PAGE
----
The Right Moves: Job Search and Career Development Strategies for Lawyers, produced by the National Association for Law Placement and authored by Valerie Fontaine, is a resource that provides a wide range of job-search and job-application advice to law students and attorneys. A copy of this resource is available in the Career Development Office.
The book begins with an overview of the current legal job market, how it has changed from years past, and how this information is relevant to job seekers. The remaining parts of the book offer advice and specific tactics for job seekers.
Chapters three through seven guide the reader through the initial steps of the job search and application processes. In addition to providing a useful checklist for job seekers, the author supplies other practical advice, such as resources (including professionals like headhunters and career counselors) to consult to find job openings, a calendar for the most strategic times to apply, tips on how to prepare and perfect cover letters and résumés, and guidance on how to manage an appropriate and professional online presence.
Chapters eight and nine provide more in-depth information about the interviewing process. Chapter eight advises readers on how to prepare for an interview as well as how to communicate, both verbally and nonverbally, during an interview. The chapter also provides specific information about special kinds of interviews, such as those that take place during a meal, while getting coffee, with a panel, on the telephone, via video/webcam, or out of town. There is also a helpful section about potentially “dangerous” interview questions and difficult interviewers. Then, chapter nine describes how to follow up appropriately and professionally after an interview.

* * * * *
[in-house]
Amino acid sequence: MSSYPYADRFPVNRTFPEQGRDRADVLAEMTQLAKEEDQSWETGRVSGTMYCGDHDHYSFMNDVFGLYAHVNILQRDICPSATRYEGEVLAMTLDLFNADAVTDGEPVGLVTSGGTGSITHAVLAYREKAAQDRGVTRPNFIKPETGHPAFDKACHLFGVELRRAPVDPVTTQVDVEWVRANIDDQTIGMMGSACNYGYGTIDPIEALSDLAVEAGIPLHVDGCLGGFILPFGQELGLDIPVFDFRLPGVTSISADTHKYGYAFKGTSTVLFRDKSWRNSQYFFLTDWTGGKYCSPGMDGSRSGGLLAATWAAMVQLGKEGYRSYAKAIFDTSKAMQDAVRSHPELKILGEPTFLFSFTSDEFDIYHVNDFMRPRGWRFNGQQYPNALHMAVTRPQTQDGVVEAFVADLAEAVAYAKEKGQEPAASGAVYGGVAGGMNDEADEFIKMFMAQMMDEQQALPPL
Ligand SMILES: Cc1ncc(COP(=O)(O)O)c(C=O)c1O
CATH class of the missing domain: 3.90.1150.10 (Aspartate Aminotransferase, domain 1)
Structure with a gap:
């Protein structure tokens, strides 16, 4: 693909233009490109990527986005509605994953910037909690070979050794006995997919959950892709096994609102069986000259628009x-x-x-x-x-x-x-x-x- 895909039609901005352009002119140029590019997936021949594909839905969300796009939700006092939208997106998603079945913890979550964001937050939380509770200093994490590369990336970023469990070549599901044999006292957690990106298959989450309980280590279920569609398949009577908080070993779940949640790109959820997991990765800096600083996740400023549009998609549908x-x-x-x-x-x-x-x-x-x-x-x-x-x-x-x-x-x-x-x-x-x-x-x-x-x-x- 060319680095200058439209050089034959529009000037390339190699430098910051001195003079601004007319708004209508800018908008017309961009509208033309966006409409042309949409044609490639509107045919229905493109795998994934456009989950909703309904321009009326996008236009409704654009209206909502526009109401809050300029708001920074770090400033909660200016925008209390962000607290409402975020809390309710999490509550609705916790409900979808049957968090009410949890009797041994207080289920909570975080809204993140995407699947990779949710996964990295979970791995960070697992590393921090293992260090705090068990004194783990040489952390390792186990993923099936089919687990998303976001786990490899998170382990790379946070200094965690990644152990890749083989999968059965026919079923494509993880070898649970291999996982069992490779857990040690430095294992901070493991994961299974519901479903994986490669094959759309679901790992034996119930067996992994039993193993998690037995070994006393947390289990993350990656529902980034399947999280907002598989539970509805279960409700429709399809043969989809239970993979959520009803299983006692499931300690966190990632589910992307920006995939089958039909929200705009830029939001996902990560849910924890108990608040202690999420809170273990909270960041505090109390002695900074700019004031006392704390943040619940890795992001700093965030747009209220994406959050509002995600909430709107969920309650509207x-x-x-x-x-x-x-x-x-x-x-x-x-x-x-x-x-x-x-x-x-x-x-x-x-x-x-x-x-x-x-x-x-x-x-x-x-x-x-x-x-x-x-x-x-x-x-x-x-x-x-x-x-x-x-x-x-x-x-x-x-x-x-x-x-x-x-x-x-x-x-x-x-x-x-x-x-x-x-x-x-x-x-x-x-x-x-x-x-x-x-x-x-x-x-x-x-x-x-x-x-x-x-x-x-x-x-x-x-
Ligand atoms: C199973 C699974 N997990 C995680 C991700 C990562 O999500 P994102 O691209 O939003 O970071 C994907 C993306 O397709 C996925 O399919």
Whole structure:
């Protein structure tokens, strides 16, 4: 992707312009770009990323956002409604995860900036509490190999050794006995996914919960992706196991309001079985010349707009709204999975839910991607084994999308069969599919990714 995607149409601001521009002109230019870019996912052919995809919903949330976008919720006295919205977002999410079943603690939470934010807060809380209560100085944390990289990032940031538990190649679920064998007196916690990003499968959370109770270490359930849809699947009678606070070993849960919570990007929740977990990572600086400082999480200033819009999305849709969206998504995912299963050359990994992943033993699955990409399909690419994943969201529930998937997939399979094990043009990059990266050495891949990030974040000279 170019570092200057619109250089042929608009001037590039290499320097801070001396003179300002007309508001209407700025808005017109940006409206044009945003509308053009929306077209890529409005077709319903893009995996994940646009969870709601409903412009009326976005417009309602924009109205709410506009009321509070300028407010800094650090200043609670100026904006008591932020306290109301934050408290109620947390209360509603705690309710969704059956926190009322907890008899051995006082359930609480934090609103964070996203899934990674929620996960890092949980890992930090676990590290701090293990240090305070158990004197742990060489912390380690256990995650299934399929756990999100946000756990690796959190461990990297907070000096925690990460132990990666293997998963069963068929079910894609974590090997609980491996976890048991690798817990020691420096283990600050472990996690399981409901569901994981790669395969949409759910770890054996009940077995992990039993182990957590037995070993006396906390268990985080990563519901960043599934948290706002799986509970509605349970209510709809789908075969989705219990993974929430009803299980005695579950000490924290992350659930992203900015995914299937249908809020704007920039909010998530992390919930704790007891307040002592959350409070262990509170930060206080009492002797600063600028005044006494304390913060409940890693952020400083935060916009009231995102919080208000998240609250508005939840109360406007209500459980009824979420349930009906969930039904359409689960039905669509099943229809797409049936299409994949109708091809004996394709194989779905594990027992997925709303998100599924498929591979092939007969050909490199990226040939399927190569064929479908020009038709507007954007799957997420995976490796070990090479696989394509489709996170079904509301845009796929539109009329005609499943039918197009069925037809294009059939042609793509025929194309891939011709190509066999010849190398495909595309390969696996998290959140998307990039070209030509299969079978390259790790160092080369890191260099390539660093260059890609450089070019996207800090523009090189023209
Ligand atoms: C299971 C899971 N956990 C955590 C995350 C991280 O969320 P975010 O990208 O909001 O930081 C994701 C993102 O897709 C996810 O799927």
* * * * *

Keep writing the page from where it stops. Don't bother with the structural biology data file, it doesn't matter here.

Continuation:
The remainder of the book deals with special issues faced by certain job seekers. Chapters ten through twelve explain how to carry out a job search confidentially, re-enter the legal field after leaving for a while, search for jobs as an older candidate, and land a job with an in-house legal department. The final chapters of the book provide advice on how to address and negotiate salary and benefits, transition smoothly into a new workplace, advance professionally within a firm, and interact with co-workers, adversaries, clients, and others.
Overall, this resource is quite comprehensive and a bit lengthier than some similar books. However, it is organized in such a way that a law student or fledgling attorney could easily find and consult only those parts relevant to him or her. In sum, this book provides a wealth of practical tips and is a great resource for any job seeker at any career stage.